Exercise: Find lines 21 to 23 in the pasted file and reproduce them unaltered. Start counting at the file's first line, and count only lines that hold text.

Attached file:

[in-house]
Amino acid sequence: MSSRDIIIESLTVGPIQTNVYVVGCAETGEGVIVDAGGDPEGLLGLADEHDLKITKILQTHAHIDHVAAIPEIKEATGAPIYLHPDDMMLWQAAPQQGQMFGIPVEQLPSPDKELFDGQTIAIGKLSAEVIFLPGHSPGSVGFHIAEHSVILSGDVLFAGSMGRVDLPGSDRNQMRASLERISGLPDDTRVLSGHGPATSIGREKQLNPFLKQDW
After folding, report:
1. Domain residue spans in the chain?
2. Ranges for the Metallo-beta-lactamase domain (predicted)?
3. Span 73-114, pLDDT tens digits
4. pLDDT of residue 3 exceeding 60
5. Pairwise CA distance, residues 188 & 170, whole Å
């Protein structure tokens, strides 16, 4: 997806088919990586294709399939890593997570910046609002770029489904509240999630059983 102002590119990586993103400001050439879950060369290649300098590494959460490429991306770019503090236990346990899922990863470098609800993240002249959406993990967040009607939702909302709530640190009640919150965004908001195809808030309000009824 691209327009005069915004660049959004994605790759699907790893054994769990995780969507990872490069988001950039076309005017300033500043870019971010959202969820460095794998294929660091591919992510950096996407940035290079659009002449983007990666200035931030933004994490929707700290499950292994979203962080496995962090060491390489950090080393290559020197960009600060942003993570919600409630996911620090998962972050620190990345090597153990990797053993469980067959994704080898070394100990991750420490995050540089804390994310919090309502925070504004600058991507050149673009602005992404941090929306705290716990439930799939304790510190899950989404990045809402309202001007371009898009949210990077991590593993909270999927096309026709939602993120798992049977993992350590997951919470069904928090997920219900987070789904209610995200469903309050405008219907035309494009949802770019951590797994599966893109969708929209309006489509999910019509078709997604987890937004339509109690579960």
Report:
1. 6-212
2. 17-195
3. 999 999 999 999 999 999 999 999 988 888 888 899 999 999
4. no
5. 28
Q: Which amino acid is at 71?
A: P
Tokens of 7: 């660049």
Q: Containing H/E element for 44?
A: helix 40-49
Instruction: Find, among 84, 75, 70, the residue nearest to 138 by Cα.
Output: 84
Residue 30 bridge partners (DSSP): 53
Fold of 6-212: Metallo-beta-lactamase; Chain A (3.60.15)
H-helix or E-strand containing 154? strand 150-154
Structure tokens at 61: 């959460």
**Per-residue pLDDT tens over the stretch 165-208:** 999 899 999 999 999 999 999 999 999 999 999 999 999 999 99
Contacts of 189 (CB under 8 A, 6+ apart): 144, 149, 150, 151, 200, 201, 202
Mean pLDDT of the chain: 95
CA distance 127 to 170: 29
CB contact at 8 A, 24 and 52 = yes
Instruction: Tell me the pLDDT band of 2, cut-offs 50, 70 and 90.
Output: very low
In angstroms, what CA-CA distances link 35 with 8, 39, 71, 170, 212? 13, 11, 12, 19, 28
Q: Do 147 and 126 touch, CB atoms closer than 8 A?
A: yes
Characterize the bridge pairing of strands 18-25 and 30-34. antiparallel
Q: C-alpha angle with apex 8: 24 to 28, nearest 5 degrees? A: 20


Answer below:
Instruction: Find, among 84, 75, 70, the residue nearest to 138 by Cα.
Output: 84
Residue 30 bridge partners (DSSP): 53